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Plutonium particles scattered by a series of nuclear tests at Bikini Atoll in the 1950s have been accumulating in seas close to Japan, a research team has found.

The research group of the National Institute of Radiological Science said the contamination level is too weak to cause serious immediate impact on humans or the environment. But the group said its findings could provide useful data in a study on how radioactive fallout produced by past atmospheric nuclear tests flows throughout the world’s oceans.

Plutonium pollution from the Bikini tests had never been confirmed in seas around Japan. The particles are believed to have been carried by ocean currents even after 50 years, and some of the plutonium has sunk into the sea and become attached to dead plankton, according to the team.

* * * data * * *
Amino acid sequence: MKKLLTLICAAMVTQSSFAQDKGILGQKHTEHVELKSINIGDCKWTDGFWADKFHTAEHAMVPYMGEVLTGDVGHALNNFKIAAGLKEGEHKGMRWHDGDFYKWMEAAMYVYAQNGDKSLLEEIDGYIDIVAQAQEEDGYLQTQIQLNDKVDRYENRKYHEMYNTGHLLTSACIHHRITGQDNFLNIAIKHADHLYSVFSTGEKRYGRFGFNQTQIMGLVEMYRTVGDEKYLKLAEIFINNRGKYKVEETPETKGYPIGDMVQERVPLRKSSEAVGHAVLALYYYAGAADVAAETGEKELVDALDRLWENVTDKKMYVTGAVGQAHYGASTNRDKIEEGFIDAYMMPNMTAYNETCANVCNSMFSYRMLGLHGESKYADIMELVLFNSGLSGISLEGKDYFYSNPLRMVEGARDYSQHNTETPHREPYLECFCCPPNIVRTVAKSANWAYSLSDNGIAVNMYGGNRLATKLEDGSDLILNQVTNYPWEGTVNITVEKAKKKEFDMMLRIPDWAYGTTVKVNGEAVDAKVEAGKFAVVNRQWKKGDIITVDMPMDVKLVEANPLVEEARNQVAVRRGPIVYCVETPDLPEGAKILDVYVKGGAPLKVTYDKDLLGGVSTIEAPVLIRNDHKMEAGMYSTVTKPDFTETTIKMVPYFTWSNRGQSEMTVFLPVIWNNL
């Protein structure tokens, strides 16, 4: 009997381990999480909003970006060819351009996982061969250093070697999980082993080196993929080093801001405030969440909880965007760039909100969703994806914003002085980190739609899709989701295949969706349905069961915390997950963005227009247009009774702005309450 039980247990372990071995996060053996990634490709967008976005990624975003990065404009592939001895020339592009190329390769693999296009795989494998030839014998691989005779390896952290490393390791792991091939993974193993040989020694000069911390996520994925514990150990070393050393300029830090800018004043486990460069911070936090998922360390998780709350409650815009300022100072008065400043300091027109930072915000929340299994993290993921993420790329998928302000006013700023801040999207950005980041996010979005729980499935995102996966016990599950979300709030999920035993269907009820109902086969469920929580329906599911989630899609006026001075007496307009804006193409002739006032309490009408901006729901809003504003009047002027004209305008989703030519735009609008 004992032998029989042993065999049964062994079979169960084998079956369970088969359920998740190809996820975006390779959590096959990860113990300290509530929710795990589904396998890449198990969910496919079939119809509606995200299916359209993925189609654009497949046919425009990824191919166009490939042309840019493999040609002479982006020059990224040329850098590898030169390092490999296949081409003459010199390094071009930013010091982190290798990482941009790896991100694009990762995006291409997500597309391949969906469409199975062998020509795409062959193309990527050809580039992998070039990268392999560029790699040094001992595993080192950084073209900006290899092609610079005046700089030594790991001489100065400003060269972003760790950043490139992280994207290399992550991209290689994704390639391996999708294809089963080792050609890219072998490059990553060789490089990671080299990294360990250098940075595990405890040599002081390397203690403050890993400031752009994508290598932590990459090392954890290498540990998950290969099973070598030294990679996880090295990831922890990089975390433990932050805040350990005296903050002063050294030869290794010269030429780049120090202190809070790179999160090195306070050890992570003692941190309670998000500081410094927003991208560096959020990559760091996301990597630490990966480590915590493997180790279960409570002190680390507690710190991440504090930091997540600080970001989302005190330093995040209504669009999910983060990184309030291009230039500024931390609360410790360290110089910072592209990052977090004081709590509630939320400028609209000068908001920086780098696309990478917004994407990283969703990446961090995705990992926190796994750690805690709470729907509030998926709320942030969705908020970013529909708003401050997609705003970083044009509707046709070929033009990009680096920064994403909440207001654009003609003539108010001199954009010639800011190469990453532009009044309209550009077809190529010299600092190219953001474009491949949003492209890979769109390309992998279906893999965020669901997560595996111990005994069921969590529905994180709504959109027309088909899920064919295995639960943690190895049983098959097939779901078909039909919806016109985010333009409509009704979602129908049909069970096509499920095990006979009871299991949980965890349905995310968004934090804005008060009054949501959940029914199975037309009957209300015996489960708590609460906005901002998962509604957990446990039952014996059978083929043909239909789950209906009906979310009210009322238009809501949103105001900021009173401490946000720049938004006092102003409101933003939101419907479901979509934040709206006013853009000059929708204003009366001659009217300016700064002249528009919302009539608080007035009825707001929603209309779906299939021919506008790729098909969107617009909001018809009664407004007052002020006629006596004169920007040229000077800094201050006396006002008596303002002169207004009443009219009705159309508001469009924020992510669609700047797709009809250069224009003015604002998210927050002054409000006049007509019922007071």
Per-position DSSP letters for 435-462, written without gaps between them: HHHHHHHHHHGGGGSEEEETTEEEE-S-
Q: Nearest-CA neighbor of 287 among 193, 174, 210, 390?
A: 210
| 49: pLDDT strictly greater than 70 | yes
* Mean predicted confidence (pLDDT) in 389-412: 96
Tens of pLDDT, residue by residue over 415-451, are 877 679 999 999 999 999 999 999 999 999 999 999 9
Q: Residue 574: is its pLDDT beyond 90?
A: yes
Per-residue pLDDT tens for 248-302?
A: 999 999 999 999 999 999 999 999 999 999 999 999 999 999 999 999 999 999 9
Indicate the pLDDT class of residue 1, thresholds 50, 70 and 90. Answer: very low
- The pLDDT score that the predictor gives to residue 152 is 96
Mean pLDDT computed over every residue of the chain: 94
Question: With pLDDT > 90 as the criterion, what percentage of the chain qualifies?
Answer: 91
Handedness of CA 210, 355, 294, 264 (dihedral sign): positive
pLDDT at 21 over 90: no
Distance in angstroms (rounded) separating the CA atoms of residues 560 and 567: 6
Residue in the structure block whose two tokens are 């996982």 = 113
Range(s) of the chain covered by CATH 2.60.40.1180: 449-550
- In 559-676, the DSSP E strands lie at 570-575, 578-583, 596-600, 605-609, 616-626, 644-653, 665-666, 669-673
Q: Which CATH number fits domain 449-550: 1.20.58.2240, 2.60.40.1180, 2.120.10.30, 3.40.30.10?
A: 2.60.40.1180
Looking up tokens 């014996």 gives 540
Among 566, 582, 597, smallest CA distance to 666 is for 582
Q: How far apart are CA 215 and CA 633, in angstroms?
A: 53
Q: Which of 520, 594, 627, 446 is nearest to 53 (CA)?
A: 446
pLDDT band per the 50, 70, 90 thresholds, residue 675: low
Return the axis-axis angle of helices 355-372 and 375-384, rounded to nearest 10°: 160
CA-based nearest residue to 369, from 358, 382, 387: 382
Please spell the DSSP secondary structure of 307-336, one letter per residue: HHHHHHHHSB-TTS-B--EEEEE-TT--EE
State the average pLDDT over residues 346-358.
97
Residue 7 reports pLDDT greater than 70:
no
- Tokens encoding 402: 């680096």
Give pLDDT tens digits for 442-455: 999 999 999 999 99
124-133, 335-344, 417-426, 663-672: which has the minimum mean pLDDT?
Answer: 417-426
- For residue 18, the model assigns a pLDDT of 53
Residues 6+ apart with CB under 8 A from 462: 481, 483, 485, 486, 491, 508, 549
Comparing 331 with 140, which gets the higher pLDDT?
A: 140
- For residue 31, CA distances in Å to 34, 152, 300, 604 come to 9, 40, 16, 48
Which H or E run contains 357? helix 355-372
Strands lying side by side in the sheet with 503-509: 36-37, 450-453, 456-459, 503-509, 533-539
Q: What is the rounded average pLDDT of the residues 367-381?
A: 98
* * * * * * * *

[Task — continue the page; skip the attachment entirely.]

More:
“If we could figure out how such plutonium particles are flowing around the world, it would be useful at a time of a nuclear accident,” said Masatoshi Yamada, the research team’s leader.

Unlike underground testing, atmospheric nuclear tests release huge amounts of radioactive material, called “dead ash,” into the air. In 1963, Britain, the Soviet Union and the United States agreed to ban that type of nuclear testing. France and China however continued such testing.

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